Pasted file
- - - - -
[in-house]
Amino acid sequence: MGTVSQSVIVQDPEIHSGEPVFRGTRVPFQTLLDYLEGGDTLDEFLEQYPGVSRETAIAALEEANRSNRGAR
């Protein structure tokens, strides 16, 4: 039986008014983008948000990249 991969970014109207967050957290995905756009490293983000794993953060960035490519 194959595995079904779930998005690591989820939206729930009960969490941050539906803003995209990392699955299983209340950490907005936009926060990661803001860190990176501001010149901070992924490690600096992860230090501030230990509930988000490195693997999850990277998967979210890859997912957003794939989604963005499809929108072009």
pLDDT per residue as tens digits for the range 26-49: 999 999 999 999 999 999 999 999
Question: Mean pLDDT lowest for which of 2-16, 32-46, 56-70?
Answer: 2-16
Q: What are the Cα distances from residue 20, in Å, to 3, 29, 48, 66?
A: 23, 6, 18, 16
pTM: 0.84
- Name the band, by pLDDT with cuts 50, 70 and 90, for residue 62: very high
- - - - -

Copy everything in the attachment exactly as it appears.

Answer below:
[in-house]
Amino acid sequence: MGTVSQSVIVQDPEIHSGEPVFRGTRVPFQTLLDYLEGGDTLDEFLEQYPGVSRETAIAALEEANRSNRGAR
């Protein structure tokens, strides 16, 4: 039986008014983008948000990249 991969970014109207967050957290995905756009490293983000794993953060960035490519 194959595995079904779930998005690591989820939206729930009960969490941050539906803003995209990392699955299983209340950490907005936009926060990661803001860190990176501001010149901070992924490690600096992860230090501030230990509930988000490195693997999850990277998967979210890859997912957003794939989604963005499809929108072009």
pLDDT per residue as tens digits for the range 26-49: 999 999 999 999 999 999 999 999
Question: Mean pLDDT lowest for which of 2-16, 32-46, 56-70?
Answer: 2-16
Q: What are the Cα distances from residue 20, in Å, to 3, 29, 48, 66?
A: 23, 6, 18, 16
pTM: 0.84
- Name the band, by pLDDT with cuts 50, 70 and 90, for residue 62: very high